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On Skype, Narcissism, and Long-Distance Showering

by Optimism One Mar 6, 2013

I have a serious problem. I’m living in Bali, and when I talk to my girlfriend Cortney long-distance on Skype, I spend most of my time looking at that little one-inch by one-inch square in the bottom right corner to see what I look like while I’m talking.

I mess with my hair, pulling it up, out, back. I bug out my eyes or squint. I twist my lips into Jim Carrey-like distortions. I practice my ‘How are you feeling?’ poster faces — happy, sad, glad. And I swing my head from left to right like I’m watching a tennis match to remind myself which side is my best side. If you want to know, it’s my right, which better hides my crooked father-fixed nose and what might be a cancer splotch on my left cheek. Of course, instead of my eyes moving with my head, they rotate in their sockets to make sure I’m never out of sight, as if I’m filming my own YouTube video to Tupac’s “All Eyez on Me.”

It’s like getting a haircut and talking to the mirror, sometimes glancing at the reflection of the barber while seeing how you look most of the time. Or it’s like taking a group picture and instantly looking for yourself to make sure you look okay. Screw the others. And if you don’t look good, by golly, it’s time for a re-take. Am I the only one this self-centered? After all, I don’t get this opportunity, or rather I don’t take this opportunity, to sit and stare at myself in the mirror for extended periods of time. That would be vain, of course, and I certainly don’t want to be that guy.

I’m even more self-absorbed when I’m naked.

“Oh, shit! Damnit…oh, man…,” I said.

“What happened?” Cortney asked.

We had just started our Skype shower.

“I broke my keyboard,” I said, trying to snatch up the components. Like most showers in developing countries, the distance between the shower area and the toilet in my apartment was about two feet and without any boundary, barrier, or curtain. Basically, water just goes everywhere, which is why I had originally placed a kitchen towel over my now-busted and now-wet keyboard.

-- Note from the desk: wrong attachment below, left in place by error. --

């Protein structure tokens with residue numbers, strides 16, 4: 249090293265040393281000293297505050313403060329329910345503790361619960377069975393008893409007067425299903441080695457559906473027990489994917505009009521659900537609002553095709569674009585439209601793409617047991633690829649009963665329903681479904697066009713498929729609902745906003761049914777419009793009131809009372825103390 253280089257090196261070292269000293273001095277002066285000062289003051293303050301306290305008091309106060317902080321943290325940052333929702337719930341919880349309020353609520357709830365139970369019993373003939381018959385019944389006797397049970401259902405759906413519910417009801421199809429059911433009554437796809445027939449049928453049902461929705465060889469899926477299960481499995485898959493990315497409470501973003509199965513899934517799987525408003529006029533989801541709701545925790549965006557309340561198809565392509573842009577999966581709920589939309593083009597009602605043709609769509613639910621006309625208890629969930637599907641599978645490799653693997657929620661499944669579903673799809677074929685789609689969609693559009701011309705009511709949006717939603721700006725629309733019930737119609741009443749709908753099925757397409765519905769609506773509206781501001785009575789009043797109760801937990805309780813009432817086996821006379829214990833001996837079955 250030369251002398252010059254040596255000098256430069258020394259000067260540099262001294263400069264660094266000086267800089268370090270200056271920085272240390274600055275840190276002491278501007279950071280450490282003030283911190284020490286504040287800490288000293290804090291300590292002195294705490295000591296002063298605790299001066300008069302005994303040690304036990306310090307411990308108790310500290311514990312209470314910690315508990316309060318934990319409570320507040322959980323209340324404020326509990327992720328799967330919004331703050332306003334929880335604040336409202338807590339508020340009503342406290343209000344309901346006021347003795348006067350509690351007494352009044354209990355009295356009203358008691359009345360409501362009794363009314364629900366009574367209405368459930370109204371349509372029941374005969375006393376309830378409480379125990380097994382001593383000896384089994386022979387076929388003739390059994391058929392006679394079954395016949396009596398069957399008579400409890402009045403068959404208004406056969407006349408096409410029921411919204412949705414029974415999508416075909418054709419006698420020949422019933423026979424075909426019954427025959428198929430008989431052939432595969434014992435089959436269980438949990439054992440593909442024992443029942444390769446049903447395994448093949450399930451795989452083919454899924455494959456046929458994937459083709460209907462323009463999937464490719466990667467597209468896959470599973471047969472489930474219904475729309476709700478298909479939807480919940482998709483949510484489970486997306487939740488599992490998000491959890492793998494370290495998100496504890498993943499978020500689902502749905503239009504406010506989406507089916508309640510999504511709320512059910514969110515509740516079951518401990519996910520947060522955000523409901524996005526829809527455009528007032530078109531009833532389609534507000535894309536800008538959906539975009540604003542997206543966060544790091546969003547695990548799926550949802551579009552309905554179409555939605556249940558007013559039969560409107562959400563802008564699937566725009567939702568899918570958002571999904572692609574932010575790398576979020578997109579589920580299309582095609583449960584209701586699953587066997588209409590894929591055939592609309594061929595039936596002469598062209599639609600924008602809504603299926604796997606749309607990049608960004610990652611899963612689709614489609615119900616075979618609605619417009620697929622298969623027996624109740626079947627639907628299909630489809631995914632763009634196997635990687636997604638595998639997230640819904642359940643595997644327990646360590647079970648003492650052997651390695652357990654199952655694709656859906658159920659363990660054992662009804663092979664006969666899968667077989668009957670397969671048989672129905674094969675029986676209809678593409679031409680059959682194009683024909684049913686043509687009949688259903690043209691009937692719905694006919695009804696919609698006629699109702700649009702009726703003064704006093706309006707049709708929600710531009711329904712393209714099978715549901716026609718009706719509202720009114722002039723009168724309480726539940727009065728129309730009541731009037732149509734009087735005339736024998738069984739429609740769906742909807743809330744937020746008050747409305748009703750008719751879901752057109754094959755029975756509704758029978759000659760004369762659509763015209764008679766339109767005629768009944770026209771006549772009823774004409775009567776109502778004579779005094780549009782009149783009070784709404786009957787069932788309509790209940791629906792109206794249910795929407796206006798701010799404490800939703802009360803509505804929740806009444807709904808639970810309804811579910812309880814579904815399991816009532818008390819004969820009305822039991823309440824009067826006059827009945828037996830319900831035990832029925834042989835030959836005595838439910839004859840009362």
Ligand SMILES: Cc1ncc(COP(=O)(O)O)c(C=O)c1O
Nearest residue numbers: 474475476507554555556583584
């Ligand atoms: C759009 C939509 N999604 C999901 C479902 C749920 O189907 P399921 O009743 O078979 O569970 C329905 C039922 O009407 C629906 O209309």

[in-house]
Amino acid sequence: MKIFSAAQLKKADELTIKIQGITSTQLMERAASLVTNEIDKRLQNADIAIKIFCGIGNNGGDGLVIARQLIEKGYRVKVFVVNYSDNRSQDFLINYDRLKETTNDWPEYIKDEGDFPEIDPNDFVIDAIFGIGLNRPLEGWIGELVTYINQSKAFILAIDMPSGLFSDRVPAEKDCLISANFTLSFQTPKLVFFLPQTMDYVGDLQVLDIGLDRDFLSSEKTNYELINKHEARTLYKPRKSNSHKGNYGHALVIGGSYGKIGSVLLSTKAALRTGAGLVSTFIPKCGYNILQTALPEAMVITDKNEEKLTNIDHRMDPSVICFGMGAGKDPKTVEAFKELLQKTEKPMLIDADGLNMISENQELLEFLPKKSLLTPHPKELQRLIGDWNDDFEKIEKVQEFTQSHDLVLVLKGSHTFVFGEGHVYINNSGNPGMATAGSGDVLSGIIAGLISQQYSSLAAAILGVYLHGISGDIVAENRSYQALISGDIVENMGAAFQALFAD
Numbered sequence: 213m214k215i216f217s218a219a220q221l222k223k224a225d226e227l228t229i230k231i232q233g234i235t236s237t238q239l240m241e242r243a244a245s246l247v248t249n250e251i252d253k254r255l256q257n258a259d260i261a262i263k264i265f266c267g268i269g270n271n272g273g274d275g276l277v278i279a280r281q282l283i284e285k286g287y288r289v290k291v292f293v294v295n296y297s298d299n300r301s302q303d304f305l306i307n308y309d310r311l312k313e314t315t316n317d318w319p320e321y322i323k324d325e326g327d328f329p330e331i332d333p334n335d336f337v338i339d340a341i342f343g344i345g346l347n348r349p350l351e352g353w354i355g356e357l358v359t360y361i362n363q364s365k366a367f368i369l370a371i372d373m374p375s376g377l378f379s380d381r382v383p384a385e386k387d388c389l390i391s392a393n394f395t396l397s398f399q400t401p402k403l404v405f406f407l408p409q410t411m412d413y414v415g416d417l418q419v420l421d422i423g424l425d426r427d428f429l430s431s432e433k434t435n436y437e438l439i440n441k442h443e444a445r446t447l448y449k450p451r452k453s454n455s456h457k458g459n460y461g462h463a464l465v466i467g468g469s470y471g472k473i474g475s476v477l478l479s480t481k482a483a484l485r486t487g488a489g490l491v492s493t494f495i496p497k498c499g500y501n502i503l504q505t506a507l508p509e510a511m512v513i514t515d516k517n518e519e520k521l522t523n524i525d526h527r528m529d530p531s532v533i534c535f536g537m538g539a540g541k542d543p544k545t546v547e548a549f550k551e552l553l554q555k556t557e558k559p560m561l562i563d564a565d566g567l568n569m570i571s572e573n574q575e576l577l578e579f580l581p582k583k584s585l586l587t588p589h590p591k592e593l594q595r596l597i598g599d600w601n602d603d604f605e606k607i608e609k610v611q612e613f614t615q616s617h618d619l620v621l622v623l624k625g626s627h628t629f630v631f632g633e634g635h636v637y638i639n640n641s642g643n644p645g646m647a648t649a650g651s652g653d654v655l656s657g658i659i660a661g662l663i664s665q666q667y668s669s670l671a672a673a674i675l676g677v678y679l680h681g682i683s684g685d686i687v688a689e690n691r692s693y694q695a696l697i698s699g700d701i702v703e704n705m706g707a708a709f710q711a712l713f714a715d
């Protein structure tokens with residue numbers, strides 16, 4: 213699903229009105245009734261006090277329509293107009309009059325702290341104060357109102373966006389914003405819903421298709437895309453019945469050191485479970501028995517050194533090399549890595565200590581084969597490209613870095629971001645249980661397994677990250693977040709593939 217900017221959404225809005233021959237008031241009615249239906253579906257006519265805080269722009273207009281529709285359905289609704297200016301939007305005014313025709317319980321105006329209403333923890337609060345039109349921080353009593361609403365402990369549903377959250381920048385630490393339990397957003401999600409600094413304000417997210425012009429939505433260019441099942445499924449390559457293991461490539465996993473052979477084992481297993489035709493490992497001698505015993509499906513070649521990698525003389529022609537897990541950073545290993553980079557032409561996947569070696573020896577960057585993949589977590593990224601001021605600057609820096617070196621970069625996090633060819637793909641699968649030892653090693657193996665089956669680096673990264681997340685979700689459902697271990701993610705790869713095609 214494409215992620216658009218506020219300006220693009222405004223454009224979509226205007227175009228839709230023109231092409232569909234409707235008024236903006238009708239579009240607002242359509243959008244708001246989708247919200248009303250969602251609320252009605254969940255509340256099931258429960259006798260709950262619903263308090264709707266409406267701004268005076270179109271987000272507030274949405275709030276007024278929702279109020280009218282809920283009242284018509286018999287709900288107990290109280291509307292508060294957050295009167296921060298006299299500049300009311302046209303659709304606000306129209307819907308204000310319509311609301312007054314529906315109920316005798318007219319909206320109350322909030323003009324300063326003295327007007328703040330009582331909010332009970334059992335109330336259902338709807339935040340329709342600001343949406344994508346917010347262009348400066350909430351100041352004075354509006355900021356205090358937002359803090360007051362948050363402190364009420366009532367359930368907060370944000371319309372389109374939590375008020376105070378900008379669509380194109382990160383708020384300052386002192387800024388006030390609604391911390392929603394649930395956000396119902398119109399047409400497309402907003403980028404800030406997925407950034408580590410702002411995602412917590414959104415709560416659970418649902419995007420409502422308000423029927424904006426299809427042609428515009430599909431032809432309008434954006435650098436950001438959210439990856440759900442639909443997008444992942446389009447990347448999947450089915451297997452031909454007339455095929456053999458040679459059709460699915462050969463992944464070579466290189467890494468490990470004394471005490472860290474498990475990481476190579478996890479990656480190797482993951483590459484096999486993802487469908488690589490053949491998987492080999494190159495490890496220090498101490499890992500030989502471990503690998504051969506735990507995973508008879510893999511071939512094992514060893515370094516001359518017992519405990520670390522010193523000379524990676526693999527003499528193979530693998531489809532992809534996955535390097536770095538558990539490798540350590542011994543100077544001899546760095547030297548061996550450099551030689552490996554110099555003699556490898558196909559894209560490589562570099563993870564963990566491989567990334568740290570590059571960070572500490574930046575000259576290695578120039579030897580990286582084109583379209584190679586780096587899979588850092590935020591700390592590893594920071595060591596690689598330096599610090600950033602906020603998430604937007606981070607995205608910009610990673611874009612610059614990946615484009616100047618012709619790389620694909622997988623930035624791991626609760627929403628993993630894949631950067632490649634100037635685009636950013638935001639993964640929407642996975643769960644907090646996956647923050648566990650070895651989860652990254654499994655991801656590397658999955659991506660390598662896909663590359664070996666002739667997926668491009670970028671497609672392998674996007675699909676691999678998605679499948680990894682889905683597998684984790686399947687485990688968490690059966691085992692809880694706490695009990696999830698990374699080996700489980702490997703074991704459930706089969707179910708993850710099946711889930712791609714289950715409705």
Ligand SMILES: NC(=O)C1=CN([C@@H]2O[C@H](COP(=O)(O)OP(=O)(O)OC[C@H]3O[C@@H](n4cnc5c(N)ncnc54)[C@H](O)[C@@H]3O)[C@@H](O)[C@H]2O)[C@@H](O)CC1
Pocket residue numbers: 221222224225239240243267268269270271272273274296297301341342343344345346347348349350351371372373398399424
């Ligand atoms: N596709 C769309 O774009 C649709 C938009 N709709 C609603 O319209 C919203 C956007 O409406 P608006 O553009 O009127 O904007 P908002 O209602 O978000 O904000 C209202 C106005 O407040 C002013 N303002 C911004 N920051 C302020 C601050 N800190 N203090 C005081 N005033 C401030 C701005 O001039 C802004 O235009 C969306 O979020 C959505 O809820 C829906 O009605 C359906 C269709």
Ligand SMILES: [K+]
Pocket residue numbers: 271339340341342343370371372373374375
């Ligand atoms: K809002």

This is just one of the problems with a long-distance relationship, trying to create some form of intimacy from 10,000 miles away.

“What? How did that happen?” she asked, now with one foot out of her shower and leaning, head cocked and face pinched, towards her screen to hear me over the roar of her shower head.

“I propped up my iPad and keyboard on the back of the toilet, and it slid off and bounced on the seat and then the ground. I lost three keys: the ‘tab’ button, the ‘caps lock’, and the ‘Q’.”

“Oh, no, I’m sorry.”

“It’s okay,” I said, propping it up in the exact same place, attempting to act like I wasn’t pissed off, wondering if I’d be able to fix it. I returned to the task at hand, lathering up my frayed purple scrunchy and scrubbing myself while sometimes watching my girlfriend do the same. Meanwhile, I tried not to make a face as I tensed my abs, hoping that some definition still showed through on the grainy screen, which unfortunately, I could barely see from where I was standing.

This is just one of the problems with a long-distance relationship, trying to create some form of intimacy from 10,000 miles away. So it’s not just my own narcissism that’s an issue.

I had started seeing Cortney about ten days before I moved to Bali for five months, so I broke it off, not wanting to continue a relationship with so much distance, with so little personal contact at its foundation. We both struggled to let go at first but eventually we both went silent, which came at my insistence. Going home for Christmas, however, proved a greater challenge, and we couldn’t resist each other. Two weeks later, I was off to Bali again. But this time we decided to stay in touch since I was only going to be gone for a month and a half. Actually, we agreed to talk every two weeks, but we haven’t gone more than two days without talking to each other.

Our last Skype date was on Valentine’s Day. Well, it was the middle of the next day for me, February 15th, and I had to shut my curtains to act like it was dark enough to warrant lighting the owl candle that matched hers at home, where it was 9pm.

She was wearing the necklace I had sent to her classroom that day, a silver Anna Beck “Classic Double Floating ‘O’,” along with a dozen peach-colored roses.

“The necklace looks great on you,” I said.

“Oh, thank you,” she replied, reaching up to caress what I saw as my initials. “I love it. I really love it.”

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